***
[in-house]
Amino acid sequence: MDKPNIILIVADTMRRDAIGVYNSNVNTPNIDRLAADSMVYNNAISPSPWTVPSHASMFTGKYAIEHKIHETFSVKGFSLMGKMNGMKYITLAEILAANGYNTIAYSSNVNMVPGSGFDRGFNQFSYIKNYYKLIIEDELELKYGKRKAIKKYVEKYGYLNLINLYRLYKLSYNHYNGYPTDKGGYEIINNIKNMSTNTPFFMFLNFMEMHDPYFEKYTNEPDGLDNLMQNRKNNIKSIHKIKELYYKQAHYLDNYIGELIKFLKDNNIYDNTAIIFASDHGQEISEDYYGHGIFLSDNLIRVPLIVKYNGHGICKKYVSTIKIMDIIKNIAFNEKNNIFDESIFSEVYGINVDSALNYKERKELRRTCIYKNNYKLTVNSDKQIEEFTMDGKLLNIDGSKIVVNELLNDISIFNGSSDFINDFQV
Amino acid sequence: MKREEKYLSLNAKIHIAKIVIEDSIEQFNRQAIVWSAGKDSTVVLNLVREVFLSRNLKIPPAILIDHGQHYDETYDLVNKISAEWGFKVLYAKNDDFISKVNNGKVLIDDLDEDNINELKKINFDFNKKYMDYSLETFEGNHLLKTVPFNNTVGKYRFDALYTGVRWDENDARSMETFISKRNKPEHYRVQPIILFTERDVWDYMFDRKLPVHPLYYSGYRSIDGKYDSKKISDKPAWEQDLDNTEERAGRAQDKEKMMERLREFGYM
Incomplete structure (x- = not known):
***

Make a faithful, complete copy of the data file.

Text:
[in-house]
Amino acid sequence: MDKPNIILIVADTMRRDAIGVYNSNVNTPNIDRLAADSMVYNNAISPSPWTVPSHASMFTGKYAIEHKIHETFSVKGFSLMGKMNGMKYITLAEILAANGYNTIAYSSNVNMVPGSGFDRGFNQFSYIKNYYKLIIEDELELKYGKRKAIKKYVEKYGYLNLINLYRLYKLSYNHYNGYPTDKGGYEIINNIKNMSTNTPFFMFLNFMEMHDPYFEKYTNEPDGLDNLMQNRKNNIKSIHKIKELYYKQAHYLDNYIGELIKFLKDNNIYDNTAIIFASDHGQEISEDYYGHGIFLSDNLIRVPLIVKYNGHGICKKYVSTIKIMDIIKNIAFNEKNNIFDESIFSEVYGINVDSALNYKERKELRRTCIYKNNYKLTVNSDKQIEEFTMDGKLLNIDGSKIVVNELLNDISIFNGSSDFINDFQV
Amino acid sequence: MKREEKYLSLNAKIHIAKIVIEDSIEQFNRQAIVWSAGKDSTVVLNLVREVFLSRNLKIPPAILIDHGQHYDETYDLVNKISAEWGFKVLYAKNDDFISKVNNGKVLIDDLDEDNINELKKINFDFNKKYMDYSLETFEGNHLLKTVPFNNTVGKYRFDALYTGVRWDENDARSMETFISKRNKPEHYRVQPIILFTERDVWDYMFDRKLPVHPLYYSGYRSIDGKYDSKKISDKPAWEQDLDNTEERAGRAQDKEKMMERLREFGYM
Incomplete structure (x- = not known):